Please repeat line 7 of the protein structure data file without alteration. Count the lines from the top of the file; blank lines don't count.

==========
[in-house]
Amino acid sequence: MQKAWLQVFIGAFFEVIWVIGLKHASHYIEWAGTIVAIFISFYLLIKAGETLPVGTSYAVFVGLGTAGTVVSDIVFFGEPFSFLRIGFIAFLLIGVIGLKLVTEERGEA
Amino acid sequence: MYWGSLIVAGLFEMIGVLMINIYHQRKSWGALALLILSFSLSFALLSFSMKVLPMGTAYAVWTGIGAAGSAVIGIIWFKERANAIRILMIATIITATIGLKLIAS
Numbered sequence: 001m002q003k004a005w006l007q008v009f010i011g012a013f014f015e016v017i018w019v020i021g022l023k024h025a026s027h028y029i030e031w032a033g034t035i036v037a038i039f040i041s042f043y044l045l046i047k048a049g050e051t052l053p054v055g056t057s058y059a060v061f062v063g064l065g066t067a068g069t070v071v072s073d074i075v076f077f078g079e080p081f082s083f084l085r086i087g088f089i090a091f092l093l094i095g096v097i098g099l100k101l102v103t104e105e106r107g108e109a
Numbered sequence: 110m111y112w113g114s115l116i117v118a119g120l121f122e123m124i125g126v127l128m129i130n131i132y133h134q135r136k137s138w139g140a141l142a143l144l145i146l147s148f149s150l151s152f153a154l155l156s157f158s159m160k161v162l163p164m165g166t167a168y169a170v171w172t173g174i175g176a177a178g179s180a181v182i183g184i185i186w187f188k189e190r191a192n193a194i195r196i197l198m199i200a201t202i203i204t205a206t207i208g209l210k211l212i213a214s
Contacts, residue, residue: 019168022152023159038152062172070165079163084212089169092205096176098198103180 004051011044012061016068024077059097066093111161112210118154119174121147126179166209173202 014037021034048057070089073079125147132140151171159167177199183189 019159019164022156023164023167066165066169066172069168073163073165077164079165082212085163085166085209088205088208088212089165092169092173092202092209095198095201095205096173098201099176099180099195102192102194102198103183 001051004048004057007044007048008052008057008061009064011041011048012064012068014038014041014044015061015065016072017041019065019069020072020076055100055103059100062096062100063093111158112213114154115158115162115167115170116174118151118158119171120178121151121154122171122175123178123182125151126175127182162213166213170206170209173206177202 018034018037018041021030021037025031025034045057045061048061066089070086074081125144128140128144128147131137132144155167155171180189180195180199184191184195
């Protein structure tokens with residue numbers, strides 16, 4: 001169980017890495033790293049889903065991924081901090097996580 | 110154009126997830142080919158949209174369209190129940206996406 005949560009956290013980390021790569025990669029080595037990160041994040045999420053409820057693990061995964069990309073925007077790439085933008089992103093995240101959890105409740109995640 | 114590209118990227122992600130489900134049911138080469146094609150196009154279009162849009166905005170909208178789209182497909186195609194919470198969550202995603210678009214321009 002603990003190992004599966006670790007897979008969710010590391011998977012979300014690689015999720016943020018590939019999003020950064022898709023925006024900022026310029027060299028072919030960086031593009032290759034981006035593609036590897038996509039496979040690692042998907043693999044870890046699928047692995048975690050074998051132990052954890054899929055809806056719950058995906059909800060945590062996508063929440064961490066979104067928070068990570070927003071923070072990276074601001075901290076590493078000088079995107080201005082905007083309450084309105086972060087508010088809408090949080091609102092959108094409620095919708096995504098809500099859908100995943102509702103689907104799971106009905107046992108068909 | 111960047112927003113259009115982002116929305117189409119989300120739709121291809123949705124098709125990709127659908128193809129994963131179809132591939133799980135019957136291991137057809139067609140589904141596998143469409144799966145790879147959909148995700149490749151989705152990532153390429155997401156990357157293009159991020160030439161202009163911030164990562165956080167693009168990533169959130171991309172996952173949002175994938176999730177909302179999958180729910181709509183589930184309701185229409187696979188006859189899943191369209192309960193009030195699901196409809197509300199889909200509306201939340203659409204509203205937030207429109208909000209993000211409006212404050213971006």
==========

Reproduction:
């Protein structure tokens with residue numbers, strides 16, 4: 001169980017890495033790293049889903065991924081901090097996580 | 110154009126997830142080919158949209174369209190129940206996406 005949560009956290013980390021790569025990669029080595037990160041994040045999420053409820057693990061995964069990309073925007077790439085933008089992103093995240101959890105409740109995640 | 114590209118990227122992600130489900134049911138080469146094609150196009154279009162849009166905005170909208178789209182497909186195609194919470198969550202995603210678009214321009 002603990003190992004599966006670790007897979008969710010590391011998977012979300014690689015999720016943020018590939019999003020950064022898709023925006024900022026310029027060299028072919030960086031593009032290759034981006035593609036590897038996509039496979040690692042998907043693999044870890046699928047692995048975690050074998051132990052954890054899929055809806056719950058995906059909800060945590062996508063929440064961490066979104067928070068990570070927003071923070072990276074601001075901290076590493078000088079995107080201005082905007083309450084309105086972060087508010088809408090949080091609102092959108094409620095919708096995504098809500099859908100995943102509702103689907104799971106009905107046992108068909 | 111960047112927003113259009115982002116929305117189409119989300120739709121291809123949705124098709125990709127659908128193809129994963131179809132591939133799980135019957136291991137057809139067609140589904141596998143469409144799966145790879147959909148995700149490749151989705152990532153390429155997401156990357157293009159991020160030439161202009163911030164990562165956080167693009168990533169959130171991309172996952173949002175994938176999730177909302179999958180729910181709509183589930184309701185229409187696979188006859189899943191369209192309960193009030195699901196409809197509300199889909200509306201939340203659409204509203205937030207429109208909000209993000211409006212404050213971006």